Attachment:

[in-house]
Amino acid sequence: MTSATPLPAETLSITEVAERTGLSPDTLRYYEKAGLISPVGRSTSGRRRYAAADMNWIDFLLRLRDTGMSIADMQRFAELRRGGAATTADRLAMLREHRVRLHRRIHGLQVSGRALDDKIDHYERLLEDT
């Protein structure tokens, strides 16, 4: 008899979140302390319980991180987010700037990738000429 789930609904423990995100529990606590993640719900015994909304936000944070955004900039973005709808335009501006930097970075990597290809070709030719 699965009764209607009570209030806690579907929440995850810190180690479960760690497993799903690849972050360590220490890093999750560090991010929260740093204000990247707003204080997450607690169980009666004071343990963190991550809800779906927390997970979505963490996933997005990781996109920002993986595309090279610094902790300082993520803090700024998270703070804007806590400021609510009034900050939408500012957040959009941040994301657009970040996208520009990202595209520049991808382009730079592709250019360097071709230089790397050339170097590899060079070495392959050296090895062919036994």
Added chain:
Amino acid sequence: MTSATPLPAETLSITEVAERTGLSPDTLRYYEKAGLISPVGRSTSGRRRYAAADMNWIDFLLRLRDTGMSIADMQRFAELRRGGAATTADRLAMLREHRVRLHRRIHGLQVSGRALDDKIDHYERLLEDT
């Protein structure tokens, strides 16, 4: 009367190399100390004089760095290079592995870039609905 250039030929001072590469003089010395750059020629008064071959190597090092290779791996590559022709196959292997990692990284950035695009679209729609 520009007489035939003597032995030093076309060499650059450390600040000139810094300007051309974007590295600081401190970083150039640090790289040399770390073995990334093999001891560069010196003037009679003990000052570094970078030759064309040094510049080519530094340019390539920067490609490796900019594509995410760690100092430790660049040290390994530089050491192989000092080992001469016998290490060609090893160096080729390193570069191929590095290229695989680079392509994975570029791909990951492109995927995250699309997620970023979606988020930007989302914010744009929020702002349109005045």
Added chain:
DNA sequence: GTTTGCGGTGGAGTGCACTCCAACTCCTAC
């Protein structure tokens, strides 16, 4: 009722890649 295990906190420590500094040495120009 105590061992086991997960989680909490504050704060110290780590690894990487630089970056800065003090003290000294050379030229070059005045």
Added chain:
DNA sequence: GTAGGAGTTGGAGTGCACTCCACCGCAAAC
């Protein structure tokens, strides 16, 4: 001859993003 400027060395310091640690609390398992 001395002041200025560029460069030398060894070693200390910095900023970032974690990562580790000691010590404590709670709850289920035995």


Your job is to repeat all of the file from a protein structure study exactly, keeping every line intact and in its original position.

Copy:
[in-house]
Amino acid sequence: MTSATPLPAETLSITEVAERTGLSPDTLRYYEKAGLISPVGRSTSGRRRYAAADMNWIDFLLRLRDTGMSIADMQRFAELRRGGAATTADRLAMLREHRVRLHRRIHGLQVSGRALDDKIDHYERLLEDT
């Protein structure tokens, strides 16, 4: 008899979140302390319980991180987010700037990738000429 789930609904423990995100529990606590993640719900015994909304936000944070955004900039973005709808335009501006930097970075990597290809070709030719 699965009764209607009570209030806690579907929440995850810190180690479960760690497993799903690849972050360590220490890093999750560090991010929260740093204000990247707003204080997450607690169980009666004071343990963190991550809800779906927390997970979505963490996933997005990781996109920002993986595309090279610094902790300082993520803090700024998270703070804007806590400021609510009034900050939408500012957040959009941040994301657009970040996208520009990202595209520049991808382009730079592709250019360097071709230089790397050339170097590899060079070495392959050296090895062919036994």
Added chain:
Amino acid sequence: MTSATPLPAETLSITEVAERTGLSPDTLRYYEKAGLISPVGRSTSGRRRYAAADMNWIDFLLRLRDTGMSIADMQRFAELRRGGAATTADRLAMLREHRVRLHRRIHGLQVSGRALDDKIDHYERLLEDT
């Protein structure tokens, strides 16, 4: 009367190399100390004089760095290079592995870039609905 250039030929001072590469003089010395750059020629008064071959190597090092290779791996590559022709196959292997990692990284950035695009679209729609 520009007489035939003597032995030093076309060499650059450390600040000139810094300007051309974007590295600081401190970083150039640090790289040399770390073995990334093999001891560069010196003037009679003990000052570094970078030759064309040094510049080519530094340019390539920067490609490796900019594509995410760690100092430790660049040290390994530089050491192989000092080992001469016998290490060609090893160096080729390193570069191929590095290229695989680079392509994975570029791909990951492109995927995250699309997620970023979606988020930007989302914010744009929020702002349109005045």
Added chain:
DNA sequence: GTTTGCGGTGGAGTGCACTCCAACTCCTAC
């Protein structure tokens, strides 16, 4: 009722890649 295990906190420590500094040495120009 105590061992086991997960989680909490504050704060110290780590690894990487630089970056800065003090003290000294050379030229070059005045």
Added chain:
DNA sequence: GTAGGAGTTGGAGTGCACTCCACCGCAAAC
């Protein structure tokens, strides 16, 4: 001859993003 400027060395310091640690609390398992 001395002041200025560029460069030398060894070693200390910095900023970032974690990562580790000691010590404590709670709850289920035995």